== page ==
Abstract

Metal-on-metal (MOM) is a commonly used bearing notable for its ‘suction fit’ when lubricated. In this study, we examined the capacity for MOM bearings to protect against dislocation after total hip replacement (THR).

We undertook a clinical investigation to compare the rate of dislocation of MOM bearings with those of ceramic-on-polyethylene (COP) bearings and found that one MOM bearing dislocated in a series of 109 hips (0.9%) compared with nine of 145 hips (6.2%) in the COP group (p = 0.02).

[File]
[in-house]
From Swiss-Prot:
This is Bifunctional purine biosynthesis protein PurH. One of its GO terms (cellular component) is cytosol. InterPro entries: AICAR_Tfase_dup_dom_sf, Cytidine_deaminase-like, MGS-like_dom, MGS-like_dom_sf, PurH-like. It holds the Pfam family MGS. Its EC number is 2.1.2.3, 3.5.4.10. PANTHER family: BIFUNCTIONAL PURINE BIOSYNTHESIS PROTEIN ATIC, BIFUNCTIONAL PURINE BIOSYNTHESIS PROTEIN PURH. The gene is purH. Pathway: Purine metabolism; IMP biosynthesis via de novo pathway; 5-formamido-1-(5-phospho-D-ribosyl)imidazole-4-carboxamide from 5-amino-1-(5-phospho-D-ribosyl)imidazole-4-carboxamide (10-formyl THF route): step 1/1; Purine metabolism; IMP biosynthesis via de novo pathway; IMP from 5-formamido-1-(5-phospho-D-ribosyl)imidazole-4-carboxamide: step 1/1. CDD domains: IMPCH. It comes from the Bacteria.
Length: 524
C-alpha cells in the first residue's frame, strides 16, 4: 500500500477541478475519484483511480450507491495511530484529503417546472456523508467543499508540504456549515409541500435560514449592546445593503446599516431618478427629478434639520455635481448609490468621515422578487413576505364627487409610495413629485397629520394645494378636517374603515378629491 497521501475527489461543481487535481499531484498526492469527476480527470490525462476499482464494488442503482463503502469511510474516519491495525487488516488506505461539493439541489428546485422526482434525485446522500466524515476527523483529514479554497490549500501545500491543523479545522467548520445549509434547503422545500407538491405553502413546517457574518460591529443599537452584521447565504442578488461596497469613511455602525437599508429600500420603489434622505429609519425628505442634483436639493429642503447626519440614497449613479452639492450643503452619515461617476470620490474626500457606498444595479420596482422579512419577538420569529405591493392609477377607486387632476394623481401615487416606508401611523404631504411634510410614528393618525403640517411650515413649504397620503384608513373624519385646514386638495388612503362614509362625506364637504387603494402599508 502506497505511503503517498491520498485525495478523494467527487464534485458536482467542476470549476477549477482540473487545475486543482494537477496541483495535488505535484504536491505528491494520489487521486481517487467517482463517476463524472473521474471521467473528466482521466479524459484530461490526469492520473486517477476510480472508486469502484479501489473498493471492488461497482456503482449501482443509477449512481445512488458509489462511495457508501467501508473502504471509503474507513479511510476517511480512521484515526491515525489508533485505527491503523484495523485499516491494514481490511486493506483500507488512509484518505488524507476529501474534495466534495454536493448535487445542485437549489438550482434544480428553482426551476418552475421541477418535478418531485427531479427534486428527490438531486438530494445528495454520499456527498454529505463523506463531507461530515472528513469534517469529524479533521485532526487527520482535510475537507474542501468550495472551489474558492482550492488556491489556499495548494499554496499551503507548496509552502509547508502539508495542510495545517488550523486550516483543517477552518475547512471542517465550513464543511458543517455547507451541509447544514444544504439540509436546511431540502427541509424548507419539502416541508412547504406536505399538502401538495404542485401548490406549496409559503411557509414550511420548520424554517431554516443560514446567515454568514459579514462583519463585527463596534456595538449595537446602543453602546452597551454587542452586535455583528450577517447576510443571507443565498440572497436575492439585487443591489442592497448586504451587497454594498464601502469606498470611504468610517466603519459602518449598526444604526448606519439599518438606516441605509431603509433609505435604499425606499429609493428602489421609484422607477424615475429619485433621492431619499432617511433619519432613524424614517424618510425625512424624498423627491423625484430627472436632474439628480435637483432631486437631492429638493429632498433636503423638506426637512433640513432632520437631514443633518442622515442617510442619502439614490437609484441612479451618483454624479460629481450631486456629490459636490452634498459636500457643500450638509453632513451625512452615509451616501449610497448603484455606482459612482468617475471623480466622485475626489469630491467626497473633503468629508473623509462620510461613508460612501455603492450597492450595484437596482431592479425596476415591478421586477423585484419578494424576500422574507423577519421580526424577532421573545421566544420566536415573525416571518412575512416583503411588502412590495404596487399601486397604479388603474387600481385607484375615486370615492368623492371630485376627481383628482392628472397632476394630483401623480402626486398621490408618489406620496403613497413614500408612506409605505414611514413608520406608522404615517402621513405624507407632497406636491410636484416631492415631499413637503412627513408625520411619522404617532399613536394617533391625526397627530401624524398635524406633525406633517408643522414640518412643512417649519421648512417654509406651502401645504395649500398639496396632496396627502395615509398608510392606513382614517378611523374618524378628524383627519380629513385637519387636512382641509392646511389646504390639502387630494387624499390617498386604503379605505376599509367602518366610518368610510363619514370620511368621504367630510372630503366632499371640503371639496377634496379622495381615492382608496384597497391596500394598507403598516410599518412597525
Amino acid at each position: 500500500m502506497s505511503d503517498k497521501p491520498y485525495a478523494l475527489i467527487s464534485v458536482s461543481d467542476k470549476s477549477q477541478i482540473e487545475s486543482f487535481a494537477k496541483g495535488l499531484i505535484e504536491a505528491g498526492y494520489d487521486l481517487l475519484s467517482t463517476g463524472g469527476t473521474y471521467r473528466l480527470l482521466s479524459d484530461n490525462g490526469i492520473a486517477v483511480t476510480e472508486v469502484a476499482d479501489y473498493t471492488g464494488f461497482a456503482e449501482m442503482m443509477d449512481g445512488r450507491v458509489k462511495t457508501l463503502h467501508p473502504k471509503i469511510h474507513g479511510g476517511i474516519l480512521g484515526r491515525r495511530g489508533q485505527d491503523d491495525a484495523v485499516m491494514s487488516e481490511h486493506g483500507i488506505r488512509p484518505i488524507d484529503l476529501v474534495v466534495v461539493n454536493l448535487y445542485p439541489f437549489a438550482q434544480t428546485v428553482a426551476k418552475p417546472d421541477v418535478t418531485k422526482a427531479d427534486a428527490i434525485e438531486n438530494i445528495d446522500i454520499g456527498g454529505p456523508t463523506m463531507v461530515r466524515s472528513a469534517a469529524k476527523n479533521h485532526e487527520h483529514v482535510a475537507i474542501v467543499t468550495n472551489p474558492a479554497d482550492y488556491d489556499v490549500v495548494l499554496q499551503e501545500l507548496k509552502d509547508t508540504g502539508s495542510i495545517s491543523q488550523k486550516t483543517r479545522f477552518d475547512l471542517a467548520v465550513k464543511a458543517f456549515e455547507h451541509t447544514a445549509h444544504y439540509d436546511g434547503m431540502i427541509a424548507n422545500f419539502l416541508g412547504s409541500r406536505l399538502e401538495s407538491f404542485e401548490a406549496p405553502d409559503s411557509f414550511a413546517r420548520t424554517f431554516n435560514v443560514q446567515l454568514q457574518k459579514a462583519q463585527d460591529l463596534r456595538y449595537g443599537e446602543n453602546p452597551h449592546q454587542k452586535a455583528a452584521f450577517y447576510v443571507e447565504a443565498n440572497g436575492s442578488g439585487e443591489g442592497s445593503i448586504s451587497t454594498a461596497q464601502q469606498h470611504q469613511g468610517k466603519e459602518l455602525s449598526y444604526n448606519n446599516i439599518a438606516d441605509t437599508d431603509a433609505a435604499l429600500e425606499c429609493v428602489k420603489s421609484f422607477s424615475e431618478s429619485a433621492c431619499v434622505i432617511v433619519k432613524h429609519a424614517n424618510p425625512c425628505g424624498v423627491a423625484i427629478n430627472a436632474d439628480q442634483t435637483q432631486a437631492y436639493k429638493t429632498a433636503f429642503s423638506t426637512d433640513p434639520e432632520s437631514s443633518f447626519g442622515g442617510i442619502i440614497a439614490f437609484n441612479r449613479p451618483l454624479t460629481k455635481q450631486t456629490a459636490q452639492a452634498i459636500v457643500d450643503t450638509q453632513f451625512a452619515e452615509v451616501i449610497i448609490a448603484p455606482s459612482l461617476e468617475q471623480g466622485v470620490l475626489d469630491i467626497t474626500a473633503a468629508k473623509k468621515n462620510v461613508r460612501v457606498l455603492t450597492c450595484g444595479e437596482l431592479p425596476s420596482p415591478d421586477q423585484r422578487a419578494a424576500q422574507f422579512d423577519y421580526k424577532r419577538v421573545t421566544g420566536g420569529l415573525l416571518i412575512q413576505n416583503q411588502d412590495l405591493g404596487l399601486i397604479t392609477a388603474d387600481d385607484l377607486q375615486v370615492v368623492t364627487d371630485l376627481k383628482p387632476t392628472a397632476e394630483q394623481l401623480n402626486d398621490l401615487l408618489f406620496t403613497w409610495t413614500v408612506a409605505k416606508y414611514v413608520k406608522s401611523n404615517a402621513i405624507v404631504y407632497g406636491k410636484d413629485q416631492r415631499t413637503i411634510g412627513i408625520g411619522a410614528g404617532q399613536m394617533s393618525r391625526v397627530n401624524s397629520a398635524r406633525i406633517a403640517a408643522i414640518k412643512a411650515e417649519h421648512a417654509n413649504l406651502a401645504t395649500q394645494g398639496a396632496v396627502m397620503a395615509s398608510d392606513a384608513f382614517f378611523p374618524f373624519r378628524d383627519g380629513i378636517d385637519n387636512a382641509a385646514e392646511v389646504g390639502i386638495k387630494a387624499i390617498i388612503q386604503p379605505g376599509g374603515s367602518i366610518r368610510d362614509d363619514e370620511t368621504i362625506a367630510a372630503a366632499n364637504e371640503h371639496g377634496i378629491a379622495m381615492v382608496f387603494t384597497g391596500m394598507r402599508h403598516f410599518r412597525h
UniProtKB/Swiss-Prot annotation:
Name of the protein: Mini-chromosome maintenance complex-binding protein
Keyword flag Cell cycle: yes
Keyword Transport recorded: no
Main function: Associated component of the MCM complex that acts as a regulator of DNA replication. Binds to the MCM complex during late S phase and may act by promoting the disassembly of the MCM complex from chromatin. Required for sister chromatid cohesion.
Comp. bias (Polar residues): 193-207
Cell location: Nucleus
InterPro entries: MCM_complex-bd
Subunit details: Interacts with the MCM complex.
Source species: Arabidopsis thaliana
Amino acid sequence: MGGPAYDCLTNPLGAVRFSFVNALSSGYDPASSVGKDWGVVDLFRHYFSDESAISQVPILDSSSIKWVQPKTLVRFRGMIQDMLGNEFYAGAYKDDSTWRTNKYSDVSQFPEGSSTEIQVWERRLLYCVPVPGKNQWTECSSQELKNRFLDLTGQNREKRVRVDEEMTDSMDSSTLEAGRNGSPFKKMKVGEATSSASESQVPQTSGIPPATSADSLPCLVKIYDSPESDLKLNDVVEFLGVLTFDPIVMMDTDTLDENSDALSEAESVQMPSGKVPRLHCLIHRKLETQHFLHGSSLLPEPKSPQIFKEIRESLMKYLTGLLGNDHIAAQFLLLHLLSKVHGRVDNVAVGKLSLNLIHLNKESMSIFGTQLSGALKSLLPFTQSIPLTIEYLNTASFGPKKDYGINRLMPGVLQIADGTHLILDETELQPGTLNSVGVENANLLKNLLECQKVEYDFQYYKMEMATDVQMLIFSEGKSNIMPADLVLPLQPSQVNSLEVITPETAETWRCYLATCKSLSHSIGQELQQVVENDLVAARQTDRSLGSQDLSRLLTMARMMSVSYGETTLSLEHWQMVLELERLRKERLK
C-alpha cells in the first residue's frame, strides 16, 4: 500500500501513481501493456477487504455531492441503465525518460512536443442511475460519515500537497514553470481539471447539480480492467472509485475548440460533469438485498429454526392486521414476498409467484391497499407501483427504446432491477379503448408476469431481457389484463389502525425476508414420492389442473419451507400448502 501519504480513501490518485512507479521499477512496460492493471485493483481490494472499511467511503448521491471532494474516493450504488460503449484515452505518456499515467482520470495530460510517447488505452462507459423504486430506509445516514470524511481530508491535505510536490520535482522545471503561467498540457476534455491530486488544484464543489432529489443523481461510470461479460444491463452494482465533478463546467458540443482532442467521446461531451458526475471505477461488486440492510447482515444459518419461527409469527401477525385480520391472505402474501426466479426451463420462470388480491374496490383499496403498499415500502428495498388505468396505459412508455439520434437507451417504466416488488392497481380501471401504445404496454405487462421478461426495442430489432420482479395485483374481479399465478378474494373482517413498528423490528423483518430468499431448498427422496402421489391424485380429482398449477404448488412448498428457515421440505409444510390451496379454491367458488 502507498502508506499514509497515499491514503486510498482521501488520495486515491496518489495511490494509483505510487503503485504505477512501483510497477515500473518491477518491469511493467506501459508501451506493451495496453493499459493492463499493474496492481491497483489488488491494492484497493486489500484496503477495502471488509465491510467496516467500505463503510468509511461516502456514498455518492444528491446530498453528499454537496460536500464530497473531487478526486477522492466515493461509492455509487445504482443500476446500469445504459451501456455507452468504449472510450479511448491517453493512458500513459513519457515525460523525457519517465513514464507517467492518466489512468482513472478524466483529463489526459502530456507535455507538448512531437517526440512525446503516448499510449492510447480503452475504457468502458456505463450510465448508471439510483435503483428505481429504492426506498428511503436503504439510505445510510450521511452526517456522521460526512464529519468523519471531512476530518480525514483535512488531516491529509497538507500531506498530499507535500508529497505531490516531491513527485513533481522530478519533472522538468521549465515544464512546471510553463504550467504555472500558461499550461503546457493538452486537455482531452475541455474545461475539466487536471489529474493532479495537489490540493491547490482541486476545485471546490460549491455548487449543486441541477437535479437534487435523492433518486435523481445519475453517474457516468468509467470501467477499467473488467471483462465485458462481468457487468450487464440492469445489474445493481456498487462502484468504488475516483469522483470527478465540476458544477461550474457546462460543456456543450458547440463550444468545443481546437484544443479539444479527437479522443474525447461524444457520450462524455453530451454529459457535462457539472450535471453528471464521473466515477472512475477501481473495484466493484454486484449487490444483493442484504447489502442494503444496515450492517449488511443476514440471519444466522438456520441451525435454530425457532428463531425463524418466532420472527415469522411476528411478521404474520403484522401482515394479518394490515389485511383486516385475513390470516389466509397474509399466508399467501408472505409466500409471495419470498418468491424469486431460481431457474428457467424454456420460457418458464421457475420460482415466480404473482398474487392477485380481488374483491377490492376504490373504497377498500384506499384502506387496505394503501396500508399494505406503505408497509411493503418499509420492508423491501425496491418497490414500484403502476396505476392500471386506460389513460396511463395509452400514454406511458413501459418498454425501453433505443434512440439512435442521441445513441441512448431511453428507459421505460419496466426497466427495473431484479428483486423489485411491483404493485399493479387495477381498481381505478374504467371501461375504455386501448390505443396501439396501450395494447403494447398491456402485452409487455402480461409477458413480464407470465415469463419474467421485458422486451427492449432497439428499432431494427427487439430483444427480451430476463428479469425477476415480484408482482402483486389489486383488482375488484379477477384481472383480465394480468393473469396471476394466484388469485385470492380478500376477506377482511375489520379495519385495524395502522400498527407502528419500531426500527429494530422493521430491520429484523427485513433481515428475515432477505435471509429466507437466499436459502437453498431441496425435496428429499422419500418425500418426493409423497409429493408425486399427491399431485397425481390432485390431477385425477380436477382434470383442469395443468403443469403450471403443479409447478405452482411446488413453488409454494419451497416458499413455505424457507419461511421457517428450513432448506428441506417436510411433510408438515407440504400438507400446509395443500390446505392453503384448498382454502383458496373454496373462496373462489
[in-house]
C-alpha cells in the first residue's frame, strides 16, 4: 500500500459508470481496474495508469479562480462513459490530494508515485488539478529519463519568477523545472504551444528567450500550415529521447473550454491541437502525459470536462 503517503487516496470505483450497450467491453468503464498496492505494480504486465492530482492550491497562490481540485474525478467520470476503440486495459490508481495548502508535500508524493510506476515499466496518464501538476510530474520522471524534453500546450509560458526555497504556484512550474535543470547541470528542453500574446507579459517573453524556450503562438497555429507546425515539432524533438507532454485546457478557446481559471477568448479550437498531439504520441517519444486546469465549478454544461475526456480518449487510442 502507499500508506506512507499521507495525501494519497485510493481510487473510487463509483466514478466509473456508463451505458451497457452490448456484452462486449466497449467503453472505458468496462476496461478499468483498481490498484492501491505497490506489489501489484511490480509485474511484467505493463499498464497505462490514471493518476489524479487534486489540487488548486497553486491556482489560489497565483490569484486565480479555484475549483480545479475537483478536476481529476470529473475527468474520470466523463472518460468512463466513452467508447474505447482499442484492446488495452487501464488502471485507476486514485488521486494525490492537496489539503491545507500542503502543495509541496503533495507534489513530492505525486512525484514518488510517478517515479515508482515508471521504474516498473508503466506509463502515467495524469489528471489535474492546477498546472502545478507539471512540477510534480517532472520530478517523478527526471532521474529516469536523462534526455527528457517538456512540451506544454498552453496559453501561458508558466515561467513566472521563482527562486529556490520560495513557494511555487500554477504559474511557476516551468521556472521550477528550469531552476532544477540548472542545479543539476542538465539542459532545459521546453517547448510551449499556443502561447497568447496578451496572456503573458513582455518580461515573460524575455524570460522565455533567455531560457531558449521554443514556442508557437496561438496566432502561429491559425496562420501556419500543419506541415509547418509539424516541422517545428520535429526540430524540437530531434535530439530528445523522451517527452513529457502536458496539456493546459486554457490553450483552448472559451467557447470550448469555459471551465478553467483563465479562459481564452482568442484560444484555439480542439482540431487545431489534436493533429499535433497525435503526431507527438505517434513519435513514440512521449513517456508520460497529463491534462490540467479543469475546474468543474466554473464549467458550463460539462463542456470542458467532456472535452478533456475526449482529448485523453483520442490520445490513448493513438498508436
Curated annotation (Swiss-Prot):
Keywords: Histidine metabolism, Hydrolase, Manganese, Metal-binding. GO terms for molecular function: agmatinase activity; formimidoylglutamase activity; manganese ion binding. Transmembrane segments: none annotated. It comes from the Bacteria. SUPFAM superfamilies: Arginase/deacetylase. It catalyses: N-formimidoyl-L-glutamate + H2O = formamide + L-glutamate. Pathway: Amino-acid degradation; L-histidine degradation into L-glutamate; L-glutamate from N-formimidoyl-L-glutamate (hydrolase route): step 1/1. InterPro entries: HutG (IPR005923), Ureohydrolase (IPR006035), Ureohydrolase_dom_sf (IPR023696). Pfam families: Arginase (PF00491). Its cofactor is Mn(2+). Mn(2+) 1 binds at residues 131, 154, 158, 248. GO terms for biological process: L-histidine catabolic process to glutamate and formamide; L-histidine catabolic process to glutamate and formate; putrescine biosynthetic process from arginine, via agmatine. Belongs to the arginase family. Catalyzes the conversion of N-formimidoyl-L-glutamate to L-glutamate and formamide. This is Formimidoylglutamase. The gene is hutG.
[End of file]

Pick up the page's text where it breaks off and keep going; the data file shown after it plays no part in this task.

We also performed an in vitro investigation comparing the peak forces generated during forced separation of the two bearings of the same dimensions at velocities from 1 to 50 cm/s. This revealed that the MOM bearing generated significant resistance to separation at all velocities (maximum mean 24 N), whereas the COP did not (maximum mean 1.9 N, p < 0.001). We conclude that MOM bearings are more stable to dislocation than COP bearings as a result of the interfacial forces provided by a thin, lubricating fluid.

  • Received April 11, 2002.
  • Accepted February 13, 2003.